Here we go again.
The carousel of conference realignment in college athletics is now spinning as fast as ever.
Depending on your perspective, the latest splash of news of USC and UCLA joining the Big Ten Conference was either extremely unpredictable (really, which saw the two Los Angeles-based schools choose to join the league-based East Coast/Midwest?) or was it painfully obvious as college football seemed to be headed for two or four mega conferences for quite some time. (The Big 12 lost marquee members from Texas and Oklahoma to the SEC a year ago.)
Meanwhile, other schools and conferences across the country — including the University of New Mexico Lobos and the New Mexico State Aggies — find themselves in an uncomfortable waiting game to see what flawed conferences like the Big 12 and Pac-12 are doing before the next level of programs. decide what is really best for them.
“If you said you knew something was going to happen, I think that would be a joke,” NMSU athletic director Mario Moccia said. “You can be ecstatic where you are and happy where you’re going, but you better keep your head on a swivel too.”
The Aggies are in their final year as an independent football player and a member of the Western Athletic Conference in all other sports before joining Conference USA, including soccer, for 2023-24.
UNM athletic director Eddie Nuñez echoed the sentiment that the landscape is ever-changing and needs constant attention. He’s in his fifth year and started after the 2016 realignment blitz that even included the Lobos sending a memo reported by the Journal asking for a Big 12 invite.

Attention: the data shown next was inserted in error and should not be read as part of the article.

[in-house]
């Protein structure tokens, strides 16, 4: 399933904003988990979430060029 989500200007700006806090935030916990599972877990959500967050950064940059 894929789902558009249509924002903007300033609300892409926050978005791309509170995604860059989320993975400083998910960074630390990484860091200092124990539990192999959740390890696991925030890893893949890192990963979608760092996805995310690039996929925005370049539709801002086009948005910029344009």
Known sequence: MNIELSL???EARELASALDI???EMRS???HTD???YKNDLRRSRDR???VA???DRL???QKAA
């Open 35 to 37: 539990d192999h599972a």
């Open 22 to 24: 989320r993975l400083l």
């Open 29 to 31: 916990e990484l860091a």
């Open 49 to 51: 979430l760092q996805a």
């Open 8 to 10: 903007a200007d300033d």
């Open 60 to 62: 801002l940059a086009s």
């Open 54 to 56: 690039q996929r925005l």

As the Lobos remain more committed than ever to the Mountain West Conference, Nuñez said there’s constant pressure to make the athletic department as strong as possible no matter what happens down the road — Mountain West or not.
“Our ongoing goal is to be the best comprehensive athletics program in Mountain West and to provide a world-class experience for our student-athletes,” Nuñez said in a statement sent to the Journal. “We are proud members of the MWC, the most powerful Five Eyes conference. We are no different than many other institutions during this time of uncertainty in college athletics in that we are always looking for ways to better position our institution and raise the profile of our programs.
Nuñez noted that the department in recent years has proven strong in several areas: fundraising, academics, championships in various sports, and an ongoing effort to improve community engagement.
While a return to national relevance for men’s basketball and an improved on-field football team would help in a number of ways – especially in a time when football television money is the gas that fuels the entire college athletics industry – Nuñez and UNM achieve significant ease football upgrades are the most important factor in putting its athletic department in a position to be more attractive to a conference that might be looking to add a new member.
“With our continued commitment to improving our facilities, with the addition of the New Mexico Mutual Champions Training Center, we are making incredible progress, but we still have more improvements to make to the facilities that are needed,” said Nuñez said.
Earlier this month, Mountain West Commissioner Craig Thompson told Denver-based KOA-AM radio that, as he and everyone else waits for what might be next for the remaining members of the Pac -12 and the Big 12, he is happy with the league position. is right now.
“I think we’re in a position where we’ve solidified – some of our institutions had the opportunity to leave a year ago and join the American (Athletic Conference) and chose to stay,” said Thompson. “And I think it was a smart move. We had our best year ever – four 10-win football teams; we had four teams in men’s basketball (NCAA tournament). … There could be some Big 12 schools, there might be Pac-12 schools that might be interested in the Mountain West Conference.